Original Editor - Trista Chan
Top Contributors - Trista Chan and Carina Therese Magtibay

Description[edit | edit source]

FADER test stands for Flexion, Adduction, External Rotation test. This is a pain provacation test of the hip for assessing lateral hip pain for gluteal tendinopathy.

Clinically Relevant Anatomy[edit | edit source]

Gluteus medius[1]: It originates from the gluteal fossa, the gluteal aponeurosis and the postero-inferior iliac crest, and inserts onto the lateral aspect of the greater trochanter. It is responsible for abduction and internal rotation of the hip. It also acts as a stabiliser of the pelvis.

Gluteus minimus[1]: It originates from the ilium between the anterior and inferior gluteal lines, and inserts onto the anterior aspect of the greater trochanter. It assists in hip abduction and internal rotation and stabilises the pelvis with gluteus medius.

More detailed information of the hip anatomy can be found here.

Purpose[edit | edit source]

The FADER test aims to provoke symptoms in a position that increases tensile and compressive stress of the tendons of the gluteal muscles, i.e., the gluteus medius and gluteus minimus[2]. The FADER-R test is performed to further increase tensile and compressive load by adding in the component of active internal rotation[2]. A positive test result suggests gluteal tendinopathy may be indicated.[2]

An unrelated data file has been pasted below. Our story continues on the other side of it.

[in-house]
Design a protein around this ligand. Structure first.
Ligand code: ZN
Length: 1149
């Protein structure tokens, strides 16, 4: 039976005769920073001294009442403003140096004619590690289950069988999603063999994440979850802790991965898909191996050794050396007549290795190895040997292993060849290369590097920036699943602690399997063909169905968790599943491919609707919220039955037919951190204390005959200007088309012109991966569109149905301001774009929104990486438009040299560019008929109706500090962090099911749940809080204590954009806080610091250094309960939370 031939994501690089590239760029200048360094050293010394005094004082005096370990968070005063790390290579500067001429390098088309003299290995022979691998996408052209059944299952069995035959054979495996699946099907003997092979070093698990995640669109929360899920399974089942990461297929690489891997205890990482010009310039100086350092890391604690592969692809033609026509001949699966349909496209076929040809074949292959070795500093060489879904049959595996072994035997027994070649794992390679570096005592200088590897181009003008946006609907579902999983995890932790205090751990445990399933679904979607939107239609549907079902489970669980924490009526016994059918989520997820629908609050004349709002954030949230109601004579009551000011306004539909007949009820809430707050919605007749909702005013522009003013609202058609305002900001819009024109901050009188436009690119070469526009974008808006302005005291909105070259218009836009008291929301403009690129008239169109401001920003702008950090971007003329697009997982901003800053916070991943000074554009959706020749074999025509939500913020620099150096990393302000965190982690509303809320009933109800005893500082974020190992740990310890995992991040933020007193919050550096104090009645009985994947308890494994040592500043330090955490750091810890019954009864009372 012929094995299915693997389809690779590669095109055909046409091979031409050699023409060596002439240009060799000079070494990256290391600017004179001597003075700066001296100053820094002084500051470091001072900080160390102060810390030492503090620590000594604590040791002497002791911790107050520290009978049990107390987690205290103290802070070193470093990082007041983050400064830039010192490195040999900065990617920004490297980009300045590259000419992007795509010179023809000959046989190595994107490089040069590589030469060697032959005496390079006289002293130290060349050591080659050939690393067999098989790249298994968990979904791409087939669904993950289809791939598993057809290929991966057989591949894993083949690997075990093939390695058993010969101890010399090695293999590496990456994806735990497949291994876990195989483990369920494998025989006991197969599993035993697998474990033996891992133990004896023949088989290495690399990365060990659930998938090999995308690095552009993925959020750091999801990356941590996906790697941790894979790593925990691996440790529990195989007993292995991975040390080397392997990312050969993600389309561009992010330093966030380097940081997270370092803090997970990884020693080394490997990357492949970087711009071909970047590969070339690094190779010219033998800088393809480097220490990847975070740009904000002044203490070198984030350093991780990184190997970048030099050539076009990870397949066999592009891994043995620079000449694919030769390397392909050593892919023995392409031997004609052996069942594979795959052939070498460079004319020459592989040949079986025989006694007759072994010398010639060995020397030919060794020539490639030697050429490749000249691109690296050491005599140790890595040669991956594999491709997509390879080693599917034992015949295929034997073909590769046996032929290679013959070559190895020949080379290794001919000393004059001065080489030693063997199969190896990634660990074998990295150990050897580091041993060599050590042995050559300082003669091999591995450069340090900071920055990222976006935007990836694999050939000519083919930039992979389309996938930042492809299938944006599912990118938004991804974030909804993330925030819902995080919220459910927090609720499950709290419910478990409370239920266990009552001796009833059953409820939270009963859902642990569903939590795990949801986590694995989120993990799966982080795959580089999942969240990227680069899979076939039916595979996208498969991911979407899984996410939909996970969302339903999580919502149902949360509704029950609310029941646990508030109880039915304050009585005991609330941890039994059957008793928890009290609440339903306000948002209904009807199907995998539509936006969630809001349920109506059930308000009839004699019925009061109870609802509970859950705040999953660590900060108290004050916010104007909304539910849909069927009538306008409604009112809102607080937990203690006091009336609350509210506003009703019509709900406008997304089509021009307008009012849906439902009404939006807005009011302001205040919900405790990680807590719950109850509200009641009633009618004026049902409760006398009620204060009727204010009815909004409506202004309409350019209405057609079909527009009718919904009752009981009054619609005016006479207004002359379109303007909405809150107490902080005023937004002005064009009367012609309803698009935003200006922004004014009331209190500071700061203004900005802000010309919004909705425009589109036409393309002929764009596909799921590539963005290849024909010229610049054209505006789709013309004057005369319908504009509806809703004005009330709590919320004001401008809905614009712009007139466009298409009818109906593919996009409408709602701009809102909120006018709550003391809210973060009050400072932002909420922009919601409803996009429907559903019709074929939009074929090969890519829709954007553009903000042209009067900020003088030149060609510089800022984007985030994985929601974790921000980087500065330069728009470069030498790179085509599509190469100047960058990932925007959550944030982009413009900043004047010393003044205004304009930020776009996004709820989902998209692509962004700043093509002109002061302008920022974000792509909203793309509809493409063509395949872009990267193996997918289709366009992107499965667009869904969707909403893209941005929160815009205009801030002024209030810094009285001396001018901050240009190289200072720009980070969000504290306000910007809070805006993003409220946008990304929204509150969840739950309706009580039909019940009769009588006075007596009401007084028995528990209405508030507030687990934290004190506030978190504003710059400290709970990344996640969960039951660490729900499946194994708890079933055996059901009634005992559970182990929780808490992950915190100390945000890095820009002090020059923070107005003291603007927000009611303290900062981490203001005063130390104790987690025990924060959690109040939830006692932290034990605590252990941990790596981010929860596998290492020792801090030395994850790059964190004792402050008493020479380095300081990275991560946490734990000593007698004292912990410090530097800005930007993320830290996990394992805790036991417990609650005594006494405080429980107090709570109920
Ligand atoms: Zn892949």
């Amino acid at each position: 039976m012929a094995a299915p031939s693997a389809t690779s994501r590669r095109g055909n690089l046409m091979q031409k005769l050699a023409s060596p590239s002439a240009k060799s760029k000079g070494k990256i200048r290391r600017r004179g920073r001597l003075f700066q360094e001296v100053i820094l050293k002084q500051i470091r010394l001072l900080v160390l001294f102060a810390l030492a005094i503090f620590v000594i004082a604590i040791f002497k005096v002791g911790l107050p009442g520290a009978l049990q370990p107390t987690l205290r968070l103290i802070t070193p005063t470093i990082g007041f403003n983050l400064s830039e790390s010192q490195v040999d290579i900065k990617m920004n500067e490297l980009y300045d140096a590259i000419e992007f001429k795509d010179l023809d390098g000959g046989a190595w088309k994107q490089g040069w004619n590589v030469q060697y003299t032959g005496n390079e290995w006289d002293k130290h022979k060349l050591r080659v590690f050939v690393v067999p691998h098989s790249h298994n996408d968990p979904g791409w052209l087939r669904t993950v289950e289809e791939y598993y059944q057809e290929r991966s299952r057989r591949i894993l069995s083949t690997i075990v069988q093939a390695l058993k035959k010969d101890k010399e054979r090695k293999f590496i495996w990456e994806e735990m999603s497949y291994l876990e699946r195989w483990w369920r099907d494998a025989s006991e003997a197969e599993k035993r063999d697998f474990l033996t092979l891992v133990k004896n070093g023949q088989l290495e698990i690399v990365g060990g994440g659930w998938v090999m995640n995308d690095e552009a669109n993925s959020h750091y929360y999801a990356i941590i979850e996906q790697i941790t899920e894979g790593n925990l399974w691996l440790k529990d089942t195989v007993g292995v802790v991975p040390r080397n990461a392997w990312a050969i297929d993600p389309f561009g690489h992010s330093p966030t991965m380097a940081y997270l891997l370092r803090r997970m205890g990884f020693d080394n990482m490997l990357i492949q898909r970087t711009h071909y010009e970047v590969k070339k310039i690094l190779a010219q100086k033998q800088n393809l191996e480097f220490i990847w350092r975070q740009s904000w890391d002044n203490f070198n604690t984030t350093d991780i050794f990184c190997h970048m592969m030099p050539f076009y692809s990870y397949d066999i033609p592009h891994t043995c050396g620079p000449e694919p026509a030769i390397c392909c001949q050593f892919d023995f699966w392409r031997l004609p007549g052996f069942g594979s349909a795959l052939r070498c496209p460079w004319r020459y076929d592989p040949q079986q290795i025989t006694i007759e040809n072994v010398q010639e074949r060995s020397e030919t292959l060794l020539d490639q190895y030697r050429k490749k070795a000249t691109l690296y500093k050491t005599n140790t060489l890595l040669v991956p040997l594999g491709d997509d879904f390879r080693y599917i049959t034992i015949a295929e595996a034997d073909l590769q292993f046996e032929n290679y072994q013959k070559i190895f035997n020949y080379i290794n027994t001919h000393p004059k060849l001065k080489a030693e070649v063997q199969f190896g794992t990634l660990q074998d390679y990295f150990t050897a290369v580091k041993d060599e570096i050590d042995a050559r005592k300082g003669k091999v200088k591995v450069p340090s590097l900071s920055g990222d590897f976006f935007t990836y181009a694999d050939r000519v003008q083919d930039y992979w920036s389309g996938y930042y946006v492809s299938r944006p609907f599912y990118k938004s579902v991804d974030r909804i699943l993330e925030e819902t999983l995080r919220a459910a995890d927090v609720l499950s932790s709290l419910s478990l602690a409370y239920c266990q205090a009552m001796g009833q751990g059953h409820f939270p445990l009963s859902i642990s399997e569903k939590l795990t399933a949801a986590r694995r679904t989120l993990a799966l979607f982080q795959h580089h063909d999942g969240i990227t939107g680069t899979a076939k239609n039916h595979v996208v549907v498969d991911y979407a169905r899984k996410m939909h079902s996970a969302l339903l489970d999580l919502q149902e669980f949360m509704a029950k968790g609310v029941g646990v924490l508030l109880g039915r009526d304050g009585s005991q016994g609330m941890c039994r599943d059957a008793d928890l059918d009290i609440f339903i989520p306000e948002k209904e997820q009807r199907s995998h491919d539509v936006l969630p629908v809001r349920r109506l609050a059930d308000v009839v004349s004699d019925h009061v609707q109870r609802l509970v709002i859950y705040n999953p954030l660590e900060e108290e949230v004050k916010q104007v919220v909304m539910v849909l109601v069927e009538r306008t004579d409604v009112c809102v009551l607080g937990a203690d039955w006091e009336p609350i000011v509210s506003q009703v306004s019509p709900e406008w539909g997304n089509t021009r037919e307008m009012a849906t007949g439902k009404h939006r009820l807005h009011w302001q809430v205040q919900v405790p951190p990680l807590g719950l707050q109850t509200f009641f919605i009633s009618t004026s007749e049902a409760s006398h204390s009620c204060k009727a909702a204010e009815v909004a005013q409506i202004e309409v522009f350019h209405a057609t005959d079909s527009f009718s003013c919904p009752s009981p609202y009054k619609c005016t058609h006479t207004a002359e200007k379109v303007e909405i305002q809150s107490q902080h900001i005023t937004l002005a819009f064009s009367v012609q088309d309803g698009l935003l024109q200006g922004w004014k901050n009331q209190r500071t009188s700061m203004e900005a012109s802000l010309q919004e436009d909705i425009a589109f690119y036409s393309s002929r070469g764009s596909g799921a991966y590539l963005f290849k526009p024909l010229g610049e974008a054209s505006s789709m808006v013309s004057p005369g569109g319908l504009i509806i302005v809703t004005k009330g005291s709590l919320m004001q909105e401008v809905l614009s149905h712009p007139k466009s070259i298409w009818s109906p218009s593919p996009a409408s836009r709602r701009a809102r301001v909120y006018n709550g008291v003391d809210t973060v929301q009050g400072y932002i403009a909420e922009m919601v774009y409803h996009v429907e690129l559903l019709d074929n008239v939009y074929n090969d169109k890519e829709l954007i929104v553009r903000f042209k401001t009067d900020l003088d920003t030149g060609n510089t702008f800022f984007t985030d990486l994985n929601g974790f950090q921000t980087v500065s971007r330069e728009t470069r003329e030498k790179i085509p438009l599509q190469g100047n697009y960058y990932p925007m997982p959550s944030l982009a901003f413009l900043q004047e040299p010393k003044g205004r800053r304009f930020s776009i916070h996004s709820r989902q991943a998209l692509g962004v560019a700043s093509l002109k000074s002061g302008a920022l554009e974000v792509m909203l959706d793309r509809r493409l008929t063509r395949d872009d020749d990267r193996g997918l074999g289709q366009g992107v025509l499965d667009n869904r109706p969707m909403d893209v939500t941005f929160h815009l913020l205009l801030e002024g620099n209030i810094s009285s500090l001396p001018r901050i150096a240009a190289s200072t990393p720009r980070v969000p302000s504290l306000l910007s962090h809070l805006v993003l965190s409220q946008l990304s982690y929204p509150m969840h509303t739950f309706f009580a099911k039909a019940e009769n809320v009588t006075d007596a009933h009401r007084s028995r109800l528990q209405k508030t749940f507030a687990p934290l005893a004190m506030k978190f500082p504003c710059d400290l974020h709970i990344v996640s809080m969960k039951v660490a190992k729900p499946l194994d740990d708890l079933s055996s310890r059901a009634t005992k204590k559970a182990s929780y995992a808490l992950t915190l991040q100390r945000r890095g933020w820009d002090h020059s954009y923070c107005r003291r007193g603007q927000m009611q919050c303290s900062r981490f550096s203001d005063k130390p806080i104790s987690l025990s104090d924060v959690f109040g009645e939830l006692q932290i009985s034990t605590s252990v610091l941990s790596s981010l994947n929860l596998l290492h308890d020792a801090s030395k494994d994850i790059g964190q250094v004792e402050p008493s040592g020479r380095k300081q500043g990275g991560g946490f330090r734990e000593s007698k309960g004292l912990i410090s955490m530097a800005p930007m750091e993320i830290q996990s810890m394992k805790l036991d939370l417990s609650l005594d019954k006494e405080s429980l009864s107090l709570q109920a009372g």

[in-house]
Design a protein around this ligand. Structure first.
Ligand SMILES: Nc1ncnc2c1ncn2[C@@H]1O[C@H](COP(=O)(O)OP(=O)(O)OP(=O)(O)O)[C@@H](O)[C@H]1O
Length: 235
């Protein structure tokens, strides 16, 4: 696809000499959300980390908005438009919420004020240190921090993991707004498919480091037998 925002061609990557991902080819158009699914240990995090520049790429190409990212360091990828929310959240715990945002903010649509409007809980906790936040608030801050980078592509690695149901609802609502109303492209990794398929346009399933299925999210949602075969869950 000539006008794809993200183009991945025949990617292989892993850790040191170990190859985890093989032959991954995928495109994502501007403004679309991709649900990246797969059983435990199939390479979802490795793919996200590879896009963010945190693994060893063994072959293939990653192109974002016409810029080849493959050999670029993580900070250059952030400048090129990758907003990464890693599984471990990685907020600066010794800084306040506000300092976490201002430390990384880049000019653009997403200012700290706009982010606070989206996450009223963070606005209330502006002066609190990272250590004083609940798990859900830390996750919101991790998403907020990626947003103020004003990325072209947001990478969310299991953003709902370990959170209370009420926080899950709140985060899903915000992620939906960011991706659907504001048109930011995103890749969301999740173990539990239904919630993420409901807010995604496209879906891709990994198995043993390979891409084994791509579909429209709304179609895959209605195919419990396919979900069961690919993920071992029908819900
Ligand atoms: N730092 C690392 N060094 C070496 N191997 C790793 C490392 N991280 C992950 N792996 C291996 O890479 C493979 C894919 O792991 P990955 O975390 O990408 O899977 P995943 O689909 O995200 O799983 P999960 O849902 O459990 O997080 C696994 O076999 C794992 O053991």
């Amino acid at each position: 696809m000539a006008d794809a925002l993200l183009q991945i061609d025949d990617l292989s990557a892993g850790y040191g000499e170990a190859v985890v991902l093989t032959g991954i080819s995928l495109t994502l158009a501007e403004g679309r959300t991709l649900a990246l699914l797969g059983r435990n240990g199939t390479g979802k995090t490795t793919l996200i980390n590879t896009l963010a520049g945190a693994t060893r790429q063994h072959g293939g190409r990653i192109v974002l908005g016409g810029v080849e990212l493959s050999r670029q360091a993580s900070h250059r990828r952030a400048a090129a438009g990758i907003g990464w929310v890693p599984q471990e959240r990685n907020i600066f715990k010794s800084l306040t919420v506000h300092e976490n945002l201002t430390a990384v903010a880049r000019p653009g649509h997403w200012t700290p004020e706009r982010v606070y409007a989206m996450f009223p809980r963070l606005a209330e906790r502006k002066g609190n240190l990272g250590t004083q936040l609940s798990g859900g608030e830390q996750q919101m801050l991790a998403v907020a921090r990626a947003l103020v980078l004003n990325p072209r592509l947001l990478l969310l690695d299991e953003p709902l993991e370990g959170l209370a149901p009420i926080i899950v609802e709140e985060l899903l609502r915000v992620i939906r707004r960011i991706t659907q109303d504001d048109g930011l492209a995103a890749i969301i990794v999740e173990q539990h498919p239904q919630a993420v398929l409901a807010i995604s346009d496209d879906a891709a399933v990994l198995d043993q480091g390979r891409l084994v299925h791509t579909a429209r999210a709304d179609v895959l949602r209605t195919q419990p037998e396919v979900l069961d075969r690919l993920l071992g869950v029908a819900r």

Technique[2][edit | edit source]


  1. Patient lies in supine.
  2. Bring the hip into passive flexion to 90°.
  3. Then passively adduct and externally rotated the hip to end range.

Interpretation: Pain reproduction indicates a positive test result. The test can be continued on by adding resisted isometric internal rotation. This is called the FADER-R test.


  1. Patient lies supine in the FADER's position.
  2. Patient isometrically resist against internal rotation.

Interpretation:Pain reproduction indicates a positive test result.

Evidence[edit | edit source]

The FADER test has a sensitivity of 0.3 and specificity of 0.867[2]. The FADER-R test has a higher sensitivity of 0.44 and specificity of 0.933, suggesting that active resistance effectively increases tensile and compressive load, which increases validity of the test[2].

Clinical Relevance[edit | edit source]

Due to the low sensitivity and high speificity of the FADER test, a positive test can effectively help us rule in the presence of gluteal tendinopathy. However, a negative test does not completely exclude the condition[2]. Moreover, it is unclear whether one single test can be used isolatedly to accurately diagnose gluteal tendinopthy[3]. Therefore, a combination of assessment tools, such as patient history, physical exam (e.g., palpation, FABER test, Ober's test, single leg stance etc) and imaging, is needed for comprehensive evaluation of the condition[3].

References[edit | edit source]

  1. 1.0 1.1 Sunil Kumar, Karadi Hari, et al. “Pathogenesis and Contemporary Diagnoses for Lateral Hip Pain: A Scoping Review.Knee Surgery, Sports Traumatology, Arthroscopy, vol. 29, no. 8, 19 Dec. 2020, pp. 2408–2416, https://doi.org/10.1007/s00167-020-06354-1. ‌
  2. 2.0 2.1 2.2 2.3 2.4 2.5 2.6 Grimaldi, Alison, et al. “Utility of Clinical Tests to Diagnose MRI-Confirmed Gluteal Tendinopathy in Patients Presenting with Lateral Hip Pain.” British Journal of Sports Medicine, vol. 51, no. 6, 15 Sept. 2016, pp. 519–524, https://doi.org/10.1136/bjsports-2016-096175. ‌
  3. 3.0 3.1 Grimaldi, Alison, et al. “Gluteal Tendinopathy: A Review of Mechanisms, Assessment and Management.” Sports Medicine, vol. 45, no. 8, 13 May 2015, pp. 1107–1119, https://doi.org/10.1007/s40279-015-0336-5. ‌